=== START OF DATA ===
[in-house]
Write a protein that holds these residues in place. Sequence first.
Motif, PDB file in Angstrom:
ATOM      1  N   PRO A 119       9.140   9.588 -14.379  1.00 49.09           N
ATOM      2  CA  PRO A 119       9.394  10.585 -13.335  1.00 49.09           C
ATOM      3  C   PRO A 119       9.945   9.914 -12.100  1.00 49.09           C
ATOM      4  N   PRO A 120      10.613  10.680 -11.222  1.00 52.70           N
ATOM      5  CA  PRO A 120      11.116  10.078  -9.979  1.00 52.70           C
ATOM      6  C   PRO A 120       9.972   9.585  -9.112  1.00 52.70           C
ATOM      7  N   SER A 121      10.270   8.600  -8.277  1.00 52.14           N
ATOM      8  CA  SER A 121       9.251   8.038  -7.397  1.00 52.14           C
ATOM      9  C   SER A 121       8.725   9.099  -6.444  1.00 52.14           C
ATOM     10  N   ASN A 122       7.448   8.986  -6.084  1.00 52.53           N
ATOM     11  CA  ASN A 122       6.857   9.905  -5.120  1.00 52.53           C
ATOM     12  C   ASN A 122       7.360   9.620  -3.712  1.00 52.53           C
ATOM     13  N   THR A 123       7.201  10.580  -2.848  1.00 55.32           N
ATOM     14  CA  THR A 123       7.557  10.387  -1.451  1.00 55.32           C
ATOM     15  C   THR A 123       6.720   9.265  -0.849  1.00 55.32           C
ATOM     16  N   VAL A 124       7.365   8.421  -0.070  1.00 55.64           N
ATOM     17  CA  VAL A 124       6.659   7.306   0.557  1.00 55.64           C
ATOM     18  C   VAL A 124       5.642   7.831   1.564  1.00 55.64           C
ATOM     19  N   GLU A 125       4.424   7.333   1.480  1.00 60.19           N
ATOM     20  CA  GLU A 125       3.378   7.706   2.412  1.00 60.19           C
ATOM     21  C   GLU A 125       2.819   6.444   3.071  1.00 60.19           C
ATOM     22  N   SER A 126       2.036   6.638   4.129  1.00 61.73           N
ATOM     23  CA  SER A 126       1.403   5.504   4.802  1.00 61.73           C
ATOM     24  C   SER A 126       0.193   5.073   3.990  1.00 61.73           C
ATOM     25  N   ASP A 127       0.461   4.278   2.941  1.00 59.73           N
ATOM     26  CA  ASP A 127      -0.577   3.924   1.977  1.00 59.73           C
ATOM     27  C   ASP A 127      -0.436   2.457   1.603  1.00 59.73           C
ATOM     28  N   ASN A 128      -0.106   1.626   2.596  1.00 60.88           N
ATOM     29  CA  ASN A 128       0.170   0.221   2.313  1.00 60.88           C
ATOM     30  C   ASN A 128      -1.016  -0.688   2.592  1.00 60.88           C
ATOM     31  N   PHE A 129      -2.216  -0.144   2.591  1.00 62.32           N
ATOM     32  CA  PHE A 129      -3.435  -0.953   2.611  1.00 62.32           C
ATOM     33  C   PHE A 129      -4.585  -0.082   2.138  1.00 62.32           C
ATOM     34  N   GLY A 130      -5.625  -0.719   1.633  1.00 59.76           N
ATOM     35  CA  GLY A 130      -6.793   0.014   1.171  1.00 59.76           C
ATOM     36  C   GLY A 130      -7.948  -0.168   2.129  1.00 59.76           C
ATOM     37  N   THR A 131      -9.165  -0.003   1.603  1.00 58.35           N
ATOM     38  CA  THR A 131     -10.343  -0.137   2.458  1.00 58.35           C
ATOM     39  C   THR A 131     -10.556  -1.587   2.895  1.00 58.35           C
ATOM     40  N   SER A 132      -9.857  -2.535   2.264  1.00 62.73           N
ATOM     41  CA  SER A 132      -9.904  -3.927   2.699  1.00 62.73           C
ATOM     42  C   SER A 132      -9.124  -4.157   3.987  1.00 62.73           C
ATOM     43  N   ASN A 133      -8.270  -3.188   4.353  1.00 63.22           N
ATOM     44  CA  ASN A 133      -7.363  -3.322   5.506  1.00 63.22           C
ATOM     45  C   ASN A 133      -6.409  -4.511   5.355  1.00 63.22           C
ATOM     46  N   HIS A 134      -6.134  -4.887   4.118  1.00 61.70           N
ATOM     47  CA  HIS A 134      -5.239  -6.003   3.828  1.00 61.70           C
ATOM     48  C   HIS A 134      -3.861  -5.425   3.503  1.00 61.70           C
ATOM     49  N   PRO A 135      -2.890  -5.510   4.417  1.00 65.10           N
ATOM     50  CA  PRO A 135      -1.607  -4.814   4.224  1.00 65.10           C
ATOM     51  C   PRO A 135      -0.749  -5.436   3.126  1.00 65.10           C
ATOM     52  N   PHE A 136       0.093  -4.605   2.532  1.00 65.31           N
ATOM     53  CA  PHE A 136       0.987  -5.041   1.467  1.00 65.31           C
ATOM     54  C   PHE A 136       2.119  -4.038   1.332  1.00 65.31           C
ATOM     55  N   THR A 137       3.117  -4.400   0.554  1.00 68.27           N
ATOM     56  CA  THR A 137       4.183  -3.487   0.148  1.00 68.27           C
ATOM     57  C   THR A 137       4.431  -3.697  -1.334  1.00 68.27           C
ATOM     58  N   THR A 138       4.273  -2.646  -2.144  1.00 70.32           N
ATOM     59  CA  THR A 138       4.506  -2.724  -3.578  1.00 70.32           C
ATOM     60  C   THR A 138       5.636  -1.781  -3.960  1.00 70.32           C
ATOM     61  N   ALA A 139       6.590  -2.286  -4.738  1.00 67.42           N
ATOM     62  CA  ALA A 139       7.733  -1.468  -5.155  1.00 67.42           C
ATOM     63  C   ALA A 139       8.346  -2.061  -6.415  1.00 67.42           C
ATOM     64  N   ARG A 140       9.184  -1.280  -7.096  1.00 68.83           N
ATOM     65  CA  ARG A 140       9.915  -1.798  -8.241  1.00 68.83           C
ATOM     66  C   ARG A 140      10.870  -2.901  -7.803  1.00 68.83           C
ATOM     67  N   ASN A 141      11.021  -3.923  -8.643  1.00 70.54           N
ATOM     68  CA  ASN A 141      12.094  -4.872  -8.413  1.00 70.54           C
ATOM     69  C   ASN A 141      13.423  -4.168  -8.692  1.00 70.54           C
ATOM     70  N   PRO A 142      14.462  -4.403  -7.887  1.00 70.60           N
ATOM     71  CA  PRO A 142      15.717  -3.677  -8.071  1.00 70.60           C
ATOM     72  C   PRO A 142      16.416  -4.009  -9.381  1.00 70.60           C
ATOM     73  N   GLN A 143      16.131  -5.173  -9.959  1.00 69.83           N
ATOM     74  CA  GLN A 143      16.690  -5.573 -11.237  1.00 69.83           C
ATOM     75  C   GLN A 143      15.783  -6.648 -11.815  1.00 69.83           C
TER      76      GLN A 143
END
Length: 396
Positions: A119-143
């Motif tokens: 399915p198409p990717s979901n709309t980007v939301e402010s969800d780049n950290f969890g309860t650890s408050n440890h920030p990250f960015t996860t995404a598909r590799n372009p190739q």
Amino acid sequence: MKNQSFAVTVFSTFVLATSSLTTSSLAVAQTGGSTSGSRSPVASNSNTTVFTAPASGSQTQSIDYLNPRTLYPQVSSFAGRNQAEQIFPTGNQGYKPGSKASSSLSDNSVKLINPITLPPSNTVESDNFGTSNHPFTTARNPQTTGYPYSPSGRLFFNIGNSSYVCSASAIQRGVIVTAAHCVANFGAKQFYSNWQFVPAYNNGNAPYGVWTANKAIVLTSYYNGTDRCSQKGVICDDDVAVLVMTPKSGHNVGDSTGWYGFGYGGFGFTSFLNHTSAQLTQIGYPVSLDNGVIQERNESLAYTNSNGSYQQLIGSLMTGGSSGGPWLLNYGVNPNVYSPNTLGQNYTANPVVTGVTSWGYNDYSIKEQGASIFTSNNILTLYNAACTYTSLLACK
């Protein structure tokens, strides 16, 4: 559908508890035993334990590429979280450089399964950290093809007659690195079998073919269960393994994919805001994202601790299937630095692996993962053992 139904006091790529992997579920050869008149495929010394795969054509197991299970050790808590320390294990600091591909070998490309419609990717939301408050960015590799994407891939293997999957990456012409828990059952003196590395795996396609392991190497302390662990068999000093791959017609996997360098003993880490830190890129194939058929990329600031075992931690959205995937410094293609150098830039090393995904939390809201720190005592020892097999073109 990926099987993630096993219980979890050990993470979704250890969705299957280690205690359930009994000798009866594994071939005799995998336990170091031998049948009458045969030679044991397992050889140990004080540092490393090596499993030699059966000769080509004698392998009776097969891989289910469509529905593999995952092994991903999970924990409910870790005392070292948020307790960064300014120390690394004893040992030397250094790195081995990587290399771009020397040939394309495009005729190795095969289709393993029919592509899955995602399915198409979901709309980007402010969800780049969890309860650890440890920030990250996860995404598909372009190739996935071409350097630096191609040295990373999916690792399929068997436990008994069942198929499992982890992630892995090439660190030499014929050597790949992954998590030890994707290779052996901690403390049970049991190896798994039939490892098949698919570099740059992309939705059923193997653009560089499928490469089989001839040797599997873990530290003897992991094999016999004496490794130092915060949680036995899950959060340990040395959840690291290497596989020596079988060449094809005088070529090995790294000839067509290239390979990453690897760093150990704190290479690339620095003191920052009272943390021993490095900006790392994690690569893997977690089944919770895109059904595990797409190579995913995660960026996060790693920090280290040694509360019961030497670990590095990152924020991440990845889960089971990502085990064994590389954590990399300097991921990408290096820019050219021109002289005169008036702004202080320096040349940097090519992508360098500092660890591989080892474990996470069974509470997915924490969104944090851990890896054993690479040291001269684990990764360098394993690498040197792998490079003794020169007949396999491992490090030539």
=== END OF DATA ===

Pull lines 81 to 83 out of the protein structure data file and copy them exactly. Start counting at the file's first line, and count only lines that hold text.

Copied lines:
Length: 396
Positions: A119-143
């Motif tokens: 399915p198409p990717s979901n709309t980007v939301e402010s969800d780049n950290f969890g309860t650890s408050n440890h920030p990250f960015t996860t995404a598909r590799n372009p190739q």